Discussion in 'Army Pay, Claims & JPA' started by fooboy, Oct 25, 2005.
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If he is in the UK then he should get his corpse down to the Citizen's Advice Bureau as fast as his little legs will carry him. If he is not in a union, and there is a union at work then he should join immediately as well.
Tell your mate to have a look Here and give them a ring for advice
Are you certain his boss said " You are being sacked because you have a disabled child"? Because if that is the case then I'd be on the phone to the nearest press office and giving them carte blanche on the story. If, on the other hand, he is being sacked because of time off work due to his childs disability, then he still has a case against the company because employees are entitled to time off work to deal with domestic incidents, ie: Kids in trouble at school. childs illness. childs hospital appointments etc..
Any boss will know that they are on very dodgy ground with this sort of issue. Even if they have other grounds to dismiss your friend, if it's known how they feel about their child, they are going to have to have a watertight case for it unless they want it blowing up in their face and costing them a lot of money and PR.
Doesn't matter a jot in the Armed Forces; the mentally disabled are in charge!
Just a thought;
If his job requires reliable fixed, patterns of attendance, I can understand his boss's concern, but it should not be a case of dismissal, constructive or otherwise. Can he not do similar duties/roles in the company that can be adjusted for a more flexible attendance?
Today's 'industry' Managers are mostly sociopathic morons with good hair. Sounds like this particular knobber needs some hands on experience of disability issues: Someone should take him outside in the car park and smash his fcuking kneecaps with a hammer!
Unless Employment Law has changed dramatically since I left 5 years ago most work place agreements/ terms of employment must include a set number of days holiday per year, holiday days accrued, sick days per year and sick days that might be accrued, along with other standard entitlements. I have never seen an employment contract that stipulated that a boss might be flexible with time on issues of domectic problems. In other words if your child is sick and you need to look after it you take a sick day or a holiday. Some agreements include bereavement leave or similar but again that is limited to 3-5 days. Of course the boss may chose to be flexible but he is not bound by law to be.
I doubt an employer would state he was sacking your mate because his kid is disabled. More likely for failing to meet the work time requirement (a consequence of the childs condition). I'm a boss of a small business and I know that we could not carry a member of staff in that position for long.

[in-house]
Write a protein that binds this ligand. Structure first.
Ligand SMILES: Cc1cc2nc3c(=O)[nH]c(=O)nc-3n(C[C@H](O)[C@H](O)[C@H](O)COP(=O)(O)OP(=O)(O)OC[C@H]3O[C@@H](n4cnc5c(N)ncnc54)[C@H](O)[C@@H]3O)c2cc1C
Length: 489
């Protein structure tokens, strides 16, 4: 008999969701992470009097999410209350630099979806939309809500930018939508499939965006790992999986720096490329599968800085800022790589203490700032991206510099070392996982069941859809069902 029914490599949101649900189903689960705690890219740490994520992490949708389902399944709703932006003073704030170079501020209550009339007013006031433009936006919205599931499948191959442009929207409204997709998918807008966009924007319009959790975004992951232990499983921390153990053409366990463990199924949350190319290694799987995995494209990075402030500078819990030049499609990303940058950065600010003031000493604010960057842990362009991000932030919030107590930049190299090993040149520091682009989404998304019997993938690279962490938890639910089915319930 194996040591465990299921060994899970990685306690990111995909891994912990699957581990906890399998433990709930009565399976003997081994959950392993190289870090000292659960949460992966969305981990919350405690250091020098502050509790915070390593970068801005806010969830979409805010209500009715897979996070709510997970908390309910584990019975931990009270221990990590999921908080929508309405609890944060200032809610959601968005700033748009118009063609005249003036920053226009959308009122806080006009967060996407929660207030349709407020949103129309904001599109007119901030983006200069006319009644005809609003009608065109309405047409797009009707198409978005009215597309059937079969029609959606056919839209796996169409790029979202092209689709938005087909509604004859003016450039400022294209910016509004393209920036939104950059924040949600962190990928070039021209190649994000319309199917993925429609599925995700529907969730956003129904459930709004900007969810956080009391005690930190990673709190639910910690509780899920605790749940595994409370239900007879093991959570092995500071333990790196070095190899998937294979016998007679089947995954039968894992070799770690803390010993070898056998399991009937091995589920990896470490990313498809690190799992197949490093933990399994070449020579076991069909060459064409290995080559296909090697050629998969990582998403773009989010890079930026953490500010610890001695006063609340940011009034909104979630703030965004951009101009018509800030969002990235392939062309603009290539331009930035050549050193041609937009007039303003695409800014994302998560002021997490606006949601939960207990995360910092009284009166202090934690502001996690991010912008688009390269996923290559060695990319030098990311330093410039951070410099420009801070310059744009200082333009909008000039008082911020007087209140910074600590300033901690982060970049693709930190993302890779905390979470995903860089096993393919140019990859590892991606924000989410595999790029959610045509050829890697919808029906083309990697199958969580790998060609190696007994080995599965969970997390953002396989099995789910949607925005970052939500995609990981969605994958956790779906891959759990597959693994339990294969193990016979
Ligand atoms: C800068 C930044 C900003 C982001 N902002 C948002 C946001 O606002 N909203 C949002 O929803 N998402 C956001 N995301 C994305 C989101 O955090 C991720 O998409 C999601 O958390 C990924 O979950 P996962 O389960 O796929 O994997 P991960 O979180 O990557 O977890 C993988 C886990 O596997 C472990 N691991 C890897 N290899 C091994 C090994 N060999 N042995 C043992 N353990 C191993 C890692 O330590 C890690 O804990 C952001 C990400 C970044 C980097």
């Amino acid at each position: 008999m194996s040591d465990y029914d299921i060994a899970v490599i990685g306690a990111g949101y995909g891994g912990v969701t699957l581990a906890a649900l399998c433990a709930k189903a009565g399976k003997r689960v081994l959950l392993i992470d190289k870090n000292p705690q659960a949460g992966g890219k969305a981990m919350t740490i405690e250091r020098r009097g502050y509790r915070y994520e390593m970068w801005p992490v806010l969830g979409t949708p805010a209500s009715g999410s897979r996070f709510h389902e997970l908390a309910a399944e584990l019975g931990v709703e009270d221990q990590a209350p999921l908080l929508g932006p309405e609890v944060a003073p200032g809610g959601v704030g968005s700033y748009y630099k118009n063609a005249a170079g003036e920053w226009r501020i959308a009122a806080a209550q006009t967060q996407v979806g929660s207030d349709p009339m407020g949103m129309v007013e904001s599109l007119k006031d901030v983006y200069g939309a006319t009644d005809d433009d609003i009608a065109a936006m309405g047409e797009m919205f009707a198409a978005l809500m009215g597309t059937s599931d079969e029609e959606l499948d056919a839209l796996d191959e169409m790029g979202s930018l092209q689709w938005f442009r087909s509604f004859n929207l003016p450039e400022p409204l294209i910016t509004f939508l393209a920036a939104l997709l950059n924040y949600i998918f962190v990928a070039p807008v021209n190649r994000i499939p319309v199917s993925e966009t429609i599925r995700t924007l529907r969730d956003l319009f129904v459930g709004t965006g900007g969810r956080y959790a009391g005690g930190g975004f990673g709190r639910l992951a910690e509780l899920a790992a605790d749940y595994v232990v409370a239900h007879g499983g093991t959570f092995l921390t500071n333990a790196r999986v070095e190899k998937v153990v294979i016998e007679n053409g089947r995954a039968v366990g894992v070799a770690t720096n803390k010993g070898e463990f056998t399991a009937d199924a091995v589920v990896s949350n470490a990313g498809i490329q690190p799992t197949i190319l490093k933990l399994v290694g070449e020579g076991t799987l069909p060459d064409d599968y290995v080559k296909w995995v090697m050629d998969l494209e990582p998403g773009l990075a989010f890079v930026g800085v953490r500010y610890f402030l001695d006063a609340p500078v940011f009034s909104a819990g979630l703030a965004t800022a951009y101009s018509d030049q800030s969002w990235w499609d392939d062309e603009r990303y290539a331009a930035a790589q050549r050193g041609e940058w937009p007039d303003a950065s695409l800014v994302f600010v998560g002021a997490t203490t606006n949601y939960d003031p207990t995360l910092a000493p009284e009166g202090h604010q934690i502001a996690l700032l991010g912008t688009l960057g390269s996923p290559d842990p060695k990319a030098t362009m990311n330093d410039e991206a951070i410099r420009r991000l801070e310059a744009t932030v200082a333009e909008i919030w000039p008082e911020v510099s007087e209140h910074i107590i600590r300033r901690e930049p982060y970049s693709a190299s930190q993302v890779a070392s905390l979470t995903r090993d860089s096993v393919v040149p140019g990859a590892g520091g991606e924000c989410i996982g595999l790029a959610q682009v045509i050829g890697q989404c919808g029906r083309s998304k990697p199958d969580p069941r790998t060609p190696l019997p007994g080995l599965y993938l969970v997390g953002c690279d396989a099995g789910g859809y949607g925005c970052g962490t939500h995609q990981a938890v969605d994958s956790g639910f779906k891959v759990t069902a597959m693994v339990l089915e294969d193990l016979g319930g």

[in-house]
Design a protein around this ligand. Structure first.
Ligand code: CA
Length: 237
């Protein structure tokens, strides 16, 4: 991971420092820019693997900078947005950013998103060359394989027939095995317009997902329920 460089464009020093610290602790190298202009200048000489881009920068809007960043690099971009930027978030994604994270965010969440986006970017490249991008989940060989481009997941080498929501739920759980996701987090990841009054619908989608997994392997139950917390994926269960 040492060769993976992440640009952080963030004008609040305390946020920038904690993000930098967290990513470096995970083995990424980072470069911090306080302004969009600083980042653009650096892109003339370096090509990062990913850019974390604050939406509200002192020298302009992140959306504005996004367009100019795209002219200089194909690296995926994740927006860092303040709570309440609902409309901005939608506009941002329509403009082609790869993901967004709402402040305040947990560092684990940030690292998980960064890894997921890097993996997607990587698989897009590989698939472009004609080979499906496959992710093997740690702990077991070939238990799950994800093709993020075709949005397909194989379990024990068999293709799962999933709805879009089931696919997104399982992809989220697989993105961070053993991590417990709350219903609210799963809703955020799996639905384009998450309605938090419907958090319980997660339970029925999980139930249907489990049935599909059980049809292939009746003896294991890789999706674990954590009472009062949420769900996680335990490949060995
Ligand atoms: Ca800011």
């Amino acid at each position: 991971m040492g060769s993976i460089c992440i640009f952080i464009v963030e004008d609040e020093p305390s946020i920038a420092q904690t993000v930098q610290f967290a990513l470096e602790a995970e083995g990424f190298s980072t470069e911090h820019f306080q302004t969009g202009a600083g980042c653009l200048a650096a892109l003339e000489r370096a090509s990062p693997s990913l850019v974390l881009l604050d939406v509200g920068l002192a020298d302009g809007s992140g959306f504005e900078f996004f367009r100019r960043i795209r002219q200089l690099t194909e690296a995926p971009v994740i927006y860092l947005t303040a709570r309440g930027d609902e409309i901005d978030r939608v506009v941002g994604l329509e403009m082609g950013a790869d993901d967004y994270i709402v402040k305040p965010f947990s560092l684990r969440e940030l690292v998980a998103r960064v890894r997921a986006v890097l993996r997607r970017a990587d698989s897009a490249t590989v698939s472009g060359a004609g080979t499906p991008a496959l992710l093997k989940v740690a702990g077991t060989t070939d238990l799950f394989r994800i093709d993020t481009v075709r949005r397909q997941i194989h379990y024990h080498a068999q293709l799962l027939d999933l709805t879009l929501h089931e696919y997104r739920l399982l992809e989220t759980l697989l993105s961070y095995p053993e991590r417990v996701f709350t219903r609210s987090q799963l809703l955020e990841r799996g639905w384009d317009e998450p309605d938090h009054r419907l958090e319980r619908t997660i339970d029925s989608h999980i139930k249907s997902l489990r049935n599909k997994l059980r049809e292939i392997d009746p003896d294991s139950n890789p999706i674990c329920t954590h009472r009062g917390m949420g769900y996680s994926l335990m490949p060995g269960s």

i am currently on the command leadership management course and we have recently had a brief from mcm div regarding soldiers reporting and i can confirm for you now that a soldiers home life should have absolutely no bearing on his annual reporting, if the soldier in question has had comments raised in his cr regarding his home life or family then i stongly suggest he re-dresses the report.
Unless it has very direct relationship to matters going hairily wrong at work. If you really feel the need to bring something to light which has bearing, you have to be bloody careful and advice should be taken from APC each and every time to ensure you get the correct pc wording to get the message across.
Get it wrong and and as trigger65 says stand by for redress
from the inital posting & question I get the impression this place of work in not armed forces?
theres clear rules in place for parents to take time off for children being ill, making childcare arrangements, etc - they also lay out that if the employer has a problem with the amount of time being taken off then it should be dealt with through the company disciplinary procedure.
I'd suggest your mate looks at your companies HR policies on time off, and photocopies them, then going to CAB and a solicitor - Probably involve making a formal complaint over what was said about the time off for the kids, that he believes this amounts to unfair dismissal, and that he intends to take it to a tribunal. key thing is that he gets it down on paper that he has been informed that this is the reason for dismissal, as then they cannot try to gloss it over with made up reasons or by setting him up for a fall with something else.
My experience from being on the management side in civdiv suggests that more and more firms are prepared to accept cost of any tribunal damages just so long as it lets them off-load those they do not wish to have on board. I heard of one or two multi-nationals in UK who included an approximation of such an award as an ex-gratia in the final payment with a nod and wink that ex-employee would not seek tribunal.
I think he should be named and shamed.
Separate names with a comma.